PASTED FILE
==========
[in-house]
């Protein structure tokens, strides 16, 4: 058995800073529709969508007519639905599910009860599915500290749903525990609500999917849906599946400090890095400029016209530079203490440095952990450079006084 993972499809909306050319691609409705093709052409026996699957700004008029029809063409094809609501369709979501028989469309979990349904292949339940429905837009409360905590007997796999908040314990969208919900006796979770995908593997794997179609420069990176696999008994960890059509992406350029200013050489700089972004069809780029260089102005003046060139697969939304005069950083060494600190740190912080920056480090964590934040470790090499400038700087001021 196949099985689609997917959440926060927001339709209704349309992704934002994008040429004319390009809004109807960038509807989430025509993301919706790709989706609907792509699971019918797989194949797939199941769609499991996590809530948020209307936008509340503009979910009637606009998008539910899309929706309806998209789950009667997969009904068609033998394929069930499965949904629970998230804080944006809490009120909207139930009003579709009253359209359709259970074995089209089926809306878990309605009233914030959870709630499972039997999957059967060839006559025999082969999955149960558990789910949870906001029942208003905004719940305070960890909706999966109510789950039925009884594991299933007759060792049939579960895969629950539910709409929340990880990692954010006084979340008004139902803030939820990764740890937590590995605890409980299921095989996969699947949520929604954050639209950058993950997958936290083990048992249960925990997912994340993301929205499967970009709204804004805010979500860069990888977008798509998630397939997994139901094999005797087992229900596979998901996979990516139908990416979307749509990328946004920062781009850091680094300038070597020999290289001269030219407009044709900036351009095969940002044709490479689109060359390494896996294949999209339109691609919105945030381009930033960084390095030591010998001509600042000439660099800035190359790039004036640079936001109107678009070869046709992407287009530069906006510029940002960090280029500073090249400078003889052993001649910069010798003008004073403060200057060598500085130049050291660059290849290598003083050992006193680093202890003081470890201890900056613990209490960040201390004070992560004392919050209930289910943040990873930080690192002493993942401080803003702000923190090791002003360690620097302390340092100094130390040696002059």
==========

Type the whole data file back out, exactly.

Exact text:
[in-house]
């Protein structure tokens, strides 16, 4: 058995800073529709969508007519639905599910009860599915500290749903525990609500999917849906599946400090890095400029016209530079203490440095952990450079006084 993972499809909306050319691609409705093709052409026996699957700004008029029809063409094809609501369709979501028989469309979990349904292949339940429905837009409360905590007997796999908040314990969208919900006796979770995908593997794997179609420069990176696999008994960890059509992406350029200013050489700089972004069809780029260089102005003046060139697969939304005069950083060494600190740190912080920056480090964590934040470790090499400038700087001021 196949099985689609997917959440926060927001339709209704349309992704934002994008040429004319390009809004109807960038509807989430025509993301919706790709989706609907792509699971019918797989194949797939199941769609499991996590809530948020209307936008509340503009979910009637606009998008539910899309929706309806998209789950009667997969009904068609033998394929069930499965949904629970998230804080944006809490009120909207139930009003579709009253359209359709259970074995089209089926809306878990309605009233914030959870709630499972039997999957059967060839006559025999082969999955149960558990789910949870906001029942208003905004719940305070960890909706999966109510789950039925009884594991299933007759060792049939579960895969629950539910709409929340990880990692954010006084979340008004139902803030939820990764740890937590590995605890409980299921095989996969699947949520929604954050639209950058993950997958936290083990048992249960925990997912994340993301929205499967970009709204804004805010979500860069990888977008798509998630397939997994139901094999005797087992229900596979998901996979990516139908990416979307749509990328946004920062781009850091680094300038070597020999290289001269030219407009044709900036351009095969940002044709490479689109060359390494896996294949999209339109691609919105945030381009930033960084390095030591010998001509600042000439660099800035190359790039004036640079936001109107678009070869046709992407287009530069906006510029940002960090280029500073090249400078003889052993001649910069010798003008004073403060200057060598500085130049050291660059290849290598003083050992006193680093202890003081470890201890900056613990209490960040201390004070992560004392919050209930289910943040990873930080690192002493993942401080803003702000923190090791002003360690620097302390340092100094130390040696002059």